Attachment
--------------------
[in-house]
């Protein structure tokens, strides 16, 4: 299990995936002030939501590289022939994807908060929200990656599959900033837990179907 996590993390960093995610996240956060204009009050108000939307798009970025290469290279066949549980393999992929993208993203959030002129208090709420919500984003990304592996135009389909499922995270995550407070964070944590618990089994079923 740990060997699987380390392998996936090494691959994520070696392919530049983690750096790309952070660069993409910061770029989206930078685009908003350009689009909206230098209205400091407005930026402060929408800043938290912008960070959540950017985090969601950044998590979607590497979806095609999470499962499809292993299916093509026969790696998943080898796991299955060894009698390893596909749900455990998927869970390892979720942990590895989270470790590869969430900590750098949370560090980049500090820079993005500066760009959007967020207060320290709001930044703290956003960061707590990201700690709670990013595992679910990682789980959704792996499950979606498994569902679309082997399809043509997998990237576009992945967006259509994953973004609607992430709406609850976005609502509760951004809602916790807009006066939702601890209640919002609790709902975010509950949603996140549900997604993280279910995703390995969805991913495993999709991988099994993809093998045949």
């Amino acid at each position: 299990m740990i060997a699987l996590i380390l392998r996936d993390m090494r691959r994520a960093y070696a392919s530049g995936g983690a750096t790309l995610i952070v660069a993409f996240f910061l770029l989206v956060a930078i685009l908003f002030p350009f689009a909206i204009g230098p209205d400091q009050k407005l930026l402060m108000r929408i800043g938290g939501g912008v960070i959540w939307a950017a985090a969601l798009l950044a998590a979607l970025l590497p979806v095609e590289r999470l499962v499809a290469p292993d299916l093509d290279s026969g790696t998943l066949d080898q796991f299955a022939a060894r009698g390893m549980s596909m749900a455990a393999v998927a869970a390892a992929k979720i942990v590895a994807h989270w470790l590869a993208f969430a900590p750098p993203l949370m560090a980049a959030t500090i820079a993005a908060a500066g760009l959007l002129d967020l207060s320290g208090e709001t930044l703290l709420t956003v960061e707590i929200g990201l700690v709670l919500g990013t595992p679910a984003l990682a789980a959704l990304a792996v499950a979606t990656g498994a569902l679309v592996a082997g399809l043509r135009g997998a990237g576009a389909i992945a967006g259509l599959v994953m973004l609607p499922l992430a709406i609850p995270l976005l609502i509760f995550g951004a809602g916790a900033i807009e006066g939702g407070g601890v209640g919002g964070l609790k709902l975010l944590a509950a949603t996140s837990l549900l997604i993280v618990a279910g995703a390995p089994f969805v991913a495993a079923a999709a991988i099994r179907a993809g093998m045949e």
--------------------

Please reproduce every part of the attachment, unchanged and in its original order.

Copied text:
[in-house]
């Protein structure tokens, strides 16, 4: 299990995936002030939501590289022939994807908060929200990656599959900033837990179907 996590993390960093995610996240956060204009009050108000939307798009970025290469290279066949549980393999992929993208993203959030002129208090709420919500984003990304592996135009389909499922995270995550407070964070944590618990089994079923 740990060997699987380390392998996936090494691959994520070696392919530049983690750096790309952070660069993409910061770029989206930078685009908003350009689009909206230098209205400091407005930026402060929408800043938290912008960070959540950017985090969601950044998590979607590497979806095609999470499962499809292993299916093509026969790696998943080898796991299955060894009698390893596909749900455990998927869970390892979720942990590895989270470790590869969430900590750098949370560090980049500090820079993005500066760009959007967020207060320290709001930044703290956003960061707590990201700690709670990013595992679910990682789980959704792996499950979606498994569902679309082997399809043509997998990237576009992945967006259509994953973004609607992430709406609850976005609502509760951004809602916790807009006066939702601890209640919002609790709902975010509950949603996140549900997604993280279910995703390995969805991913495993999709991988099994993809093998045949």
């Amino acid at each position: 299990m740990i060997a699987l996590i380390l392998r996936d993390m090494r691959r994520a960093y070696a392919s530049g995936g983690a750096t790309l995610i952070v660069a993409f996240f910061l770029l989206v956060a930078i685009l908003f002030p350009f689009a909206i204009g230098p209205d400091q009050k407005l930026l402060m108000r929408i800043g938290g939501g912008v960070i959540w939307a950017a985090a969601l798009l950044a998590a979607l970025l590497p979806v095609e590289r999470l499962v499809a290469p292993d299916l093509d290279s026969g790696t998943l066949d080898q796991f299955a022939a060894r009698g390893m549980s596909m749900a455990a393999v998927a869970a390892a992929k979720i942990v590895a994807h989270w470790l590869a993208f969430a900590p750098p993203l949370m560090a980049a959030t500090i820079a993005a908060a500066g760009l959007l002129d967020l207060s320290g208090e709001t930044l703290l709420t956003v960061e707590i929200g990201l700690v709670l919500g990013t595992p679910a984003l990682a789980a959704l990304a792996v499950a979606t990656g498994a569902l679309v592996a082997g399809l043509r135009g997998a990237g576009a389909i992945a967006g259509l599959v994953m973004l609607p499922l992430a709406i609850p995270l976005l609502i509760f995550g951004a809602g916790a900033i807009e006066g939702g407070g601890v209640g919002g964070l609790k709902l975010l944590a509950a949603t996140s837990l549900l997604i993280v618990a279910g995703a390995p089994f969805v991913a495993a079923a999709a991988i099994r179907a993809g093998m045949e």